• “Read what you like to write. It keeps you immersed in your world. Steal little pieces of what you like and make them into your own.”

The panel was then opened to take questions from the audience. Here are a few of the questions that I found to have really good advice in their answers.

  • How do you build a society in your stories? This was answered in 4 parts.
  1. “Ask yourself, what type of government do you want? The kind of government you create governs the rules and freedoms your characters are subject to.”
  2. “What weird customs or traditions do your characters partake in? Create a history for each tradition.”
  3. “Everything is a result of what has come before. Make sure your society has a history.”
  4. “Do real research of Earth’s own history, then tweak it and make it your own for your story.”
  • How do you organize everything when you are working on a current novel?
  1. “You need a story Bible! It’s just 1 document where everything is stored and you can do a quick search.”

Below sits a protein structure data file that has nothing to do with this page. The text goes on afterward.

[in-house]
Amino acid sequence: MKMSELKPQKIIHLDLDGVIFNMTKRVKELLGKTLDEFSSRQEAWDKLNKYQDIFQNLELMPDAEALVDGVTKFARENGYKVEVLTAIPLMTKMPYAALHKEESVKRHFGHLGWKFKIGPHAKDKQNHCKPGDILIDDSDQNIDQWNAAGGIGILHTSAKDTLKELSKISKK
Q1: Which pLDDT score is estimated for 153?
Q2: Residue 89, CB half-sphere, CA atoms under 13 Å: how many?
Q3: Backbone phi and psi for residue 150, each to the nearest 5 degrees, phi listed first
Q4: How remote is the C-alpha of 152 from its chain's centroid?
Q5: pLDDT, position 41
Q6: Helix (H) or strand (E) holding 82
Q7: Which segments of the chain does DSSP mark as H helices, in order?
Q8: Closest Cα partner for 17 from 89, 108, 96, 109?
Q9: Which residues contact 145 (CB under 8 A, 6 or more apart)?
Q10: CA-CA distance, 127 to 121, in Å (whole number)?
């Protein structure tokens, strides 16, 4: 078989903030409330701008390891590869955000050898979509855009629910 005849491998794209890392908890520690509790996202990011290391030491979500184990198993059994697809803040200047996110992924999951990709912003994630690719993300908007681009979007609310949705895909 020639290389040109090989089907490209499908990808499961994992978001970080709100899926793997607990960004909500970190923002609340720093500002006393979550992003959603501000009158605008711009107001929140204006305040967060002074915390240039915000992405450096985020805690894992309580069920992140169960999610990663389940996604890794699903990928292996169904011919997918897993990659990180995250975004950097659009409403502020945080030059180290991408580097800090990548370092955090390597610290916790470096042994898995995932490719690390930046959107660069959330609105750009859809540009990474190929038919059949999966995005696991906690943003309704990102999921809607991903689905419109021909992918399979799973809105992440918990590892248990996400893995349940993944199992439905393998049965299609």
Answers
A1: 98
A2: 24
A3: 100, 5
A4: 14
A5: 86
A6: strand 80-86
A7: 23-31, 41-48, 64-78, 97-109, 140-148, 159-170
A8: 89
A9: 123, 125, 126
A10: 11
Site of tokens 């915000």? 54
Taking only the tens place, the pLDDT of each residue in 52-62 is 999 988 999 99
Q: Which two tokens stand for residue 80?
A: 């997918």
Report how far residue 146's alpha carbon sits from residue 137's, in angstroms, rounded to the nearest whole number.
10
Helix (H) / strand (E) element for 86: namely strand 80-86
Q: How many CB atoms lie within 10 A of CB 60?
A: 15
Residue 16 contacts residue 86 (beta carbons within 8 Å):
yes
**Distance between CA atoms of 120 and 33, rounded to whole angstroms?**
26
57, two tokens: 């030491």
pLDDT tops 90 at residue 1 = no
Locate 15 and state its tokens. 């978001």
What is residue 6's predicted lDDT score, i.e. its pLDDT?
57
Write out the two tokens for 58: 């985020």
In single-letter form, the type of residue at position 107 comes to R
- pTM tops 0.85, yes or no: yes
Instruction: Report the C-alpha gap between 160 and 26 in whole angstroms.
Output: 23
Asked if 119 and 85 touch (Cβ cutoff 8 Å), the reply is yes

2. “Use Scrivener. This allows you to keep you draft, research, notes, and edits all in one document.”
  • How do you write mundane tasks to make them see fantastic?

“Write characters’ reactions to that task. Like in Harry Potter, Harry thinks the dishes washing themselves in the Weasley’s house is magical and fantastic, but Ron just thinks it’s completely normal.”

This was such an amazing panel to sit on and I hope you found their advice to be inspiring and helpful to your own work. Below you can find the Goodreads page for each author named here so you can check out their work and get hooked onto some fun new series.

Kendare Blake

Charlie N. Holmberg

J.D. Horn

Emily R. King

Marko Kloos

Patrick Rothfuss

Jeff Wheeler

5 Things I Learned at Writer’s Digest Conference 2017

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  1. Stick To Your Story